Ideas of Berys Gaut, by Theme

[British, fl. 2006, Lecturer at St Andrews University.]

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21. Aesthetics / A. Aesthetic Experience / 2. Aesthetic Attitude
Maybe literary assessment is evaluating the artist as a suitable friend
     Full Idea: An approach in Hume (elaborated by Wayne Booth) holds that literary assessment is akin to an act of befriending, for one assesses the author of a work as a suitable friend.
     From: Berys Gaut (The Ethical Criticism of Art [1998], 'Some')
     A reaction: I like the idea that art exploits our normal range of social emotions and attitudes, so I think this has some truth, but some of the best artists are so out of my league as to not even be candidates for friendship. Dostoevsky? Webster? Caravaggio?
21. Aesthetics / B. Nature of Art / 2. Art as Form
Formalists say aesthetics concerns types of beauty, or unity, complexity and intensity
     Full Idea: The formal objects which individuate the aesthetic attitude may be narrowly aesthetic, as beauty, and its subspecies, such as grace and elegance, or more broadly by other formalist criteria, such as Beardley's unity, complexity and intensity.
     From: Berys Gaut (The Ethical Criticism of Art [1998], 'Objections 1')
     A reaction: I'm not sure about unity or complexity, but intensity was endorsed by Henry James. Intensity doesn't sound very 'formal'. 'Beauty' doesn't seem the right word for the wonderful 'King Lear', or even for Jane Austen novels.
21. Aesthetics / C. Artistic Issues / 7. Art and Morality
'Moralism' says all aesthetic merits are moral merits
     Full Idea: The view that the only aesthetic merit of works are ethical ones is known as 'moralism'.
     From: Berys Gaut (The Ethical Criticism of Art [1998], n 1)
     A reaction: [He says this view was demolished by R.W.Beardsmore in 1971] Gaut contrasts this with his own carefully modulated 'ethicism'. Moralism predominated in the eighteenth century, but now looks clearly wrong (or naïve).
Good ethics counts towards aesthetic merit, and bad ethics counts against it
     Full Idea: I defend 'ethicism', which says that ethically admirable attitudes count toward the the aesthetic merit of a work, and ethically reprehensible attitudes count against its aesthetic merit.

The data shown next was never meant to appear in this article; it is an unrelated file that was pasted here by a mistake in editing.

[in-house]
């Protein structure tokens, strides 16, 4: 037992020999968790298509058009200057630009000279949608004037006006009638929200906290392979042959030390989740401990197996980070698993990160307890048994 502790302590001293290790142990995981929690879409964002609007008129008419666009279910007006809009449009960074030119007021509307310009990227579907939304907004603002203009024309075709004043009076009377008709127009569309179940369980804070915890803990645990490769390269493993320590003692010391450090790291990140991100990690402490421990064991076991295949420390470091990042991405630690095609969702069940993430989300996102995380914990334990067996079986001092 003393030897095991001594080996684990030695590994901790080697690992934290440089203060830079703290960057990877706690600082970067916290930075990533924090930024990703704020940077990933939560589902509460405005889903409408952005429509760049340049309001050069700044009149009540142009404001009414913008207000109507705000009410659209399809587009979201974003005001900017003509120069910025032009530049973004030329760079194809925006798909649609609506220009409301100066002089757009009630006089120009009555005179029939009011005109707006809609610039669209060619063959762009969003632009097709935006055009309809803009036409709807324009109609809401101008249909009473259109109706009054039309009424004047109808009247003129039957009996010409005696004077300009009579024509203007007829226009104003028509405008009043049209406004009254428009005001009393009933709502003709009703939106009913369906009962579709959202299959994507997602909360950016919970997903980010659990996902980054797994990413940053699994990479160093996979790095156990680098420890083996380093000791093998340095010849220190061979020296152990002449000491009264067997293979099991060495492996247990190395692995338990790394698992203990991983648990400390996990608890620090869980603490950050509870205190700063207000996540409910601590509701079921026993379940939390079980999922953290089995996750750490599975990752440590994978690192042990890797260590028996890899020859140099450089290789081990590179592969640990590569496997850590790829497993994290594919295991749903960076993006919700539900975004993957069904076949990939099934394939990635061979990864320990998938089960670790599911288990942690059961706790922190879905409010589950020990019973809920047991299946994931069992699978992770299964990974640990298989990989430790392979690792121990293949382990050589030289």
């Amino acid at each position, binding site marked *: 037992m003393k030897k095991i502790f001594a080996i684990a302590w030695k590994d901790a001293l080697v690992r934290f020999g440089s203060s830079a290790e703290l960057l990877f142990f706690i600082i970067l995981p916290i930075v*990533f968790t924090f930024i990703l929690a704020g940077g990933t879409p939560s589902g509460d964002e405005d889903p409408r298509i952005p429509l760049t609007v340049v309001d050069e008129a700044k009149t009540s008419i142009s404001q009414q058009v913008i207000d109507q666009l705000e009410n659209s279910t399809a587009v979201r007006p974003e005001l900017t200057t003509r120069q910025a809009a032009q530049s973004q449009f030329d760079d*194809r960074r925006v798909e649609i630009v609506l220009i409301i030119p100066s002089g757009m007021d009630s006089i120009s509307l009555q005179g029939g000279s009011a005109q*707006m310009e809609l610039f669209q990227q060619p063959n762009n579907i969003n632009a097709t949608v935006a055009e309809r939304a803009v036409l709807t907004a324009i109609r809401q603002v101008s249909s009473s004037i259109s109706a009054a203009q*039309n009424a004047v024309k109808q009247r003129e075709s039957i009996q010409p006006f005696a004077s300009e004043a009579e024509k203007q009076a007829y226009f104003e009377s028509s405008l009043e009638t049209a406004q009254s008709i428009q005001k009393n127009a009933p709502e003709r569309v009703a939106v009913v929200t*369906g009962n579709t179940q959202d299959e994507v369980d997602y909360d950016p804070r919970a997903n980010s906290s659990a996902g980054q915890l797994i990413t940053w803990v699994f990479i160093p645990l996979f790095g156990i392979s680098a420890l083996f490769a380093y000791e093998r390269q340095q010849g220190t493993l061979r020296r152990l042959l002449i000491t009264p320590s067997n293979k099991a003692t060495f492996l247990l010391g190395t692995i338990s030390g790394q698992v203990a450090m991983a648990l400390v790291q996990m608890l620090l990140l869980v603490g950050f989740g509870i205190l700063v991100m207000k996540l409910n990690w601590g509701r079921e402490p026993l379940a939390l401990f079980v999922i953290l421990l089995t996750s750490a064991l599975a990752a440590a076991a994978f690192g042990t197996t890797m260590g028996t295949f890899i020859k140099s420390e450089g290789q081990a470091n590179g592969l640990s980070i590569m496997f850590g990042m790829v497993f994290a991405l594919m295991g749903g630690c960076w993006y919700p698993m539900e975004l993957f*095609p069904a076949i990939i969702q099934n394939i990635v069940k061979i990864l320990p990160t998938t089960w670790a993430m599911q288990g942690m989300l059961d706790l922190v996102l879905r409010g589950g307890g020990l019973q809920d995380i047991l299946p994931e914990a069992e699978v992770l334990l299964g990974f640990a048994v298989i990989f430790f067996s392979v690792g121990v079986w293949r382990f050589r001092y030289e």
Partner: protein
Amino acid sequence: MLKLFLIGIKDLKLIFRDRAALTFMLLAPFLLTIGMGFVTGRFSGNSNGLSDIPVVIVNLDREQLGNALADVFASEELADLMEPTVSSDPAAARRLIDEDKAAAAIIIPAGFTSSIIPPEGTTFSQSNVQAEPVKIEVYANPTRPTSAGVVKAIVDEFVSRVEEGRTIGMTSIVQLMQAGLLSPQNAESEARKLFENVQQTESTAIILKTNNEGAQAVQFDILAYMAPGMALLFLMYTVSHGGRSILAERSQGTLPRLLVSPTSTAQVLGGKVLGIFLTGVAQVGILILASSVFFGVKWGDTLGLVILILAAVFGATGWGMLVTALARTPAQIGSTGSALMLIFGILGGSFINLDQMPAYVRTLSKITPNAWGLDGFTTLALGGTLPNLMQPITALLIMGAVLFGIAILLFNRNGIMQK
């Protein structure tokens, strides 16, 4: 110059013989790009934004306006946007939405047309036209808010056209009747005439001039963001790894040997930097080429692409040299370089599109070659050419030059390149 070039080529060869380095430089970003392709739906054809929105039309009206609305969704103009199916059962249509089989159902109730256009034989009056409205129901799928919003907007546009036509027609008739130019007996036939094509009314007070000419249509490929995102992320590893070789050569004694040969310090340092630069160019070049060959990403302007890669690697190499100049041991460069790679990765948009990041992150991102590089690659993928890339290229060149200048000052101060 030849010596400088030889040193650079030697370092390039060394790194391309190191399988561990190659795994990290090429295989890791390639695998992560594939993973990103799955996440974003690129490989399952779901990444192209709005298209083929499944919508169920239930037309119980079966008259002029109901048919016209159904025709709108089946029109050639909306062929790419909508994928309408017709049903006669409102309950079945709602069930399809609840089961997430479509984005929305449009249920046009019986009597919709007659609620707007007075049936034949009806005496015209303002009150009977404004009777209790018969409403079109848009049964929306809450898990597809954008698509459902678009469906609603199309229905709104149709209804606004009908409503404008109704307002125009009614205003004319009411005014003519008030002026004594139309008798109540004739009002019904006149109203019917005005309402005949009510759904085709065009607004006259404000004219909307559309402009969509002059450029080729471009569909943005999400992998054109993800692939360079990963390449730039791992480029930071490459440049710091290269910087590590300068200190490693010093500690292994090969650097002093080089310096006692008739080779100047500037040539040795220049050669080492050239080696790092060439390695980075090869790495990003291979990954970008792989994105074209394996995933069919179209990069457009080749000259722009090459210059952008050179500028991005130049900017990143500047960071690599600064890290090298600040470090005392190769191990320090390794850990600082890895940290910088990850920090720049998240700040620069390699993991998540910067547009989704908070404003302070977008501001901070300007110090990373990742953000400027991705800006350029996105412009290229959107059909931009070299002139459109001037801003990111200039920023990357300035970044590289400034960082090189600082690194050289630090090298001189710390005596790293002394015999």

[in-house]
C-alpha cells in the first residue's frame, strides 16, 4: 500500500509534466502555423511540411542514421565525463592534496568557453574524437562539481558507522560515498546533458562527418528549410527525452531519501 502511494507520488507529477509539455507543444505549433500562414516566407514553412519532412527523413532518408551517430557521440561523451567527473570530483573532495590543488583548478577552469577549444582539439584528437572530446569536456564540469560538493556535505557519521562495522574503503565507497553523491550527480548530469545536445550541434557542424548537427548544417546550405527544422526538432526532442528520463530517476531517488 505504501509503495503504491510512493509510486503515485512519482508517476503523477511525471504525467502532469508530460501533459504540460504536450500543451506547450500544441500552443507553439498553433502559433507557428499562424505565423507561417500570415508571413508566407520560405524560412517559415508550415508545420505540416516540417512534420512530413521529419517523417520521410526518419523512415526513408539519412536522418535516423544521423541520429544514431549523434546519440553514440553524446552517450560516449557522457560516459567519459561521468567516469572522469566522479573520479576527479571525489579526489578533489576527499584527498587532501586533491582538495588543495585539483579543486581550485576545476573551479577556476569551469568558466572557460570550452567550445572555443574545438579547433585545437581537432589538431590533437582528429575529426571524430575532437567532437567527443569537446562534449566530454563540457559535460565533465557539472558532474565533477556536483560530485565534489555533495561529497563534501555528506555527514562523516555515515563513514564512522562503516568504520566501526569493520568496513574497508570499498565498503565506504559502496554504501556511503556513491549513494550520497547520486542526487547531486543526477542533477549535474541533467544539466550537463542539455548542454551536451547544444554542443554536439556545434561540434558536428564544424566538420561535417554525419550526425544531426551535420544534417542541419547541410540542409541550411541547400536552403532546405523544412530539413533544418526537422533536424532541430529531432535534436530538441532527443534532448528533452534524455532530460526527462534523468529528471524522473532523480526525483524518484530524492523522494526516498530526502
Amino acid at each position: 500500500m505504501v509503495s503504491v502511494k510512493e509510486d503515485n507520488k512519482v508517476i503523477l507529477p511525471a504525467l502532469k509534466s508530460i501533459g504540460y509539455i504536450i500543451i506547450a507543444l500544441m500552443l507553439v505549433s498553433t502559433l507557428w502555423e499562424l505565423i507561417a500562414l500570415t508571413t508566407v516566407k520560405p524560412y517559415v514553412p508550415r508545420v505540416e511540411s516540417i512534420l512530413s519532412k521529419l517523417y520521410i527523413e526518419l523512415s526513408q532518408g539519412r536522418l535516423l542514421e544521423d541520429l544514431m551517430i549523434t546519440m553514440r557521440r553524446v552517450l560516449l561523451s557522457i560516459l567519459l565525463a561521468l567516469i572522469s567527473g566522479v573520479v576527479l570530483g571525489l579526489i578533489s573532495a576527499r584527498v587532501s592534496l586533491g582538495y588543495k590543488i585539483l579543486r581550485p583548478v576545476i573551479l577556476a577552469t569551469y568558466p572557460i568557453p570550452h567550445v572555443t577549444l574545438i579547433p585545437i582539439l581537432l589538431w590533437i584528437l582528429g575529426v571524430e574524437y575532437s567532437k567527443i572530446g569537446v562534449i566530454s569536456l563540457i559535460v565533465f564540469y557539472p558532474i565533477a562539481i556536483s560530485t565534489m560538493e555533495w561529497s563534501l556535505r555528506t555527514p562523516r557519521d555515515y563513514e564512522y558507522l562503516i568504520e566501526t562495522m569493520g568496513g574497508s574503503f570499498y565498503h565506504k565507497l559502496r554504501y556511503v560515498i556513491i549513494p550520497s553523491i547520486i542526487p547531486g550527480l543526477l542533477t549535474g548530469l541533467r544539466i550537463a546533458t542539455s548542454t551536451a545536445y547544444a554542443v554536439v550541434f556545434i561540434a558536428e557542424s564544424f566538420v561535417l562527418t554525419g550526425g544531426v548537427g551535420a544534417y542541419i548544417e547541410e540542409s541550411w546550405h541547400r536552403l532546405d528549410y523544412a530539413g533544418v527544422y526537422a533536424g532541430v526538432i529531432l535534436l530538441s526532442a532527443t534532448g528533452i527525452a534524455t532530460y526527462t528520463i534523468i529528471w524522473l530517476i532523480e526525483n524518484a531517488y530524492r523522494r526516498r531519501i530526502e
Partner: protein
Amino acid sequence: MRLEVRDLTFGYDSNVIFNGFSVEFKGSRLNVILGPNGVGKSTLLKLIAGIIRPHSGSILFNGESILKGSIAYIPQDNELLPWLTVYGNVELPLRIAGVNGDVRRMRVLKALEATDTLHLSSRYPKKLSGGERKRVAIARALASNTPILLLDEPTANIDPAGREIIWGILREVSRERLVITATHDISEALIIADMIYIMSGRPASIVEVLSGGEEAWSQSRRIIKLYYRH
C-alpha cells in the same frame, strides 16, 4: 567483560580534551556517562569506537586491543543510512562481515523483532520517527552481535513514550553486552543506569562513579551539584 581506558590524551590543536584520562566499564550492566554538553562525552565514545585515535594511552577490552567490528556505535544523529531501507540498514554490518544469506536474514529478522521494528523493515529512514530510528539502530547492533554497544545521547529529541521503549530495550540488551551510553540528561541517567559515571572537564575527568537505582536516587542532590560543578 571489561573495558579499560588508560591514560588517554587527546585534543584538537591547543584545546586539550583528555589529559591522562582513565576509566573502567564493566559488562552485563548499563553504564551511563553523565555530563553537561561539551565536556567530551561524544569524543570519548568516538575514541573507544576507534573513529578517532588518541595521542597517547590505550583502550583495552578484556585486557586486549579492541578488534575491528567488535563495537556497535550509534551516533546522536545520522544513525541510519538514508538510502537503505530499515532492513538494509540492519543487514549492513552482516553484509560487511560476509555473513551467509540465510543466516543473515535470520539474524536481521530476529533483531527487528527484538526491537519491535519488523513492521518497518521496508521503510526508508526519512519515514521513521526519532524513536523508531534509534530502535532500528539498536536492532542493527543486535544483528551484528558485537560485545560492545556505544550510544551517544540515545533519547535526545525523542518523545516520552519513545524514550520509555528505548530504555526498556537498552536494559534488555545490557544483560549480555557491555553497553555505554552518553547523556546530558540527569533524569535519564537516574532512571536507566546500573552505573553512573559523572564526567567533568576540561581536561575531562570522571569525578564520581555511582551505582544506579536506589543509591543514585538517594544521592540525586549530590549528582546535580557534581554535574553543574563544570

From: Berys Gaut (The Ethical Criticism of Art [1998], 'Ethicism')
     A reaction: He recognises that morally admirable works can explore unethical behaviour, and also that identifying the 'attitude' of a work is not simple. The ethics are not necessary. 'Triumph of the Will' is a classic test case. I disagree with Gaut.
If we don't respond ethically in the way a work prescribes, that is an aesthetic failure
     Full Idea: Our having reason not to respond in the way prescribed (because it is unethical) is a failure of the work …so that is an aesthetic failure, which is an aesthetic defect.
     From: Berys Gaut (The Ethical Criticism of Art [1998], 'Merited')
     A reaction: A key argument for Gaut's theory of 'ethicism' about literature. If 'Triumph of the Will' gets the right response from Nazi sympathisers, that is probably all aesthetic success. Jane Austen hasn't failed if she is rejected as bourgeois.
Good art does not necessarily improve people (any more than good advice does)
     Full Idea: Ethicism does not entail the causal thesis that good art ethically improves people, …any more than it follows that earnest ethical advice improves people.
     From: Berys Gaut (The Ethical Criticism of Art [1998], 'Ethicism')
     A reaction: How successful were sermons, in the great days of Christianity? It seems hard to disagree with Gaut's point.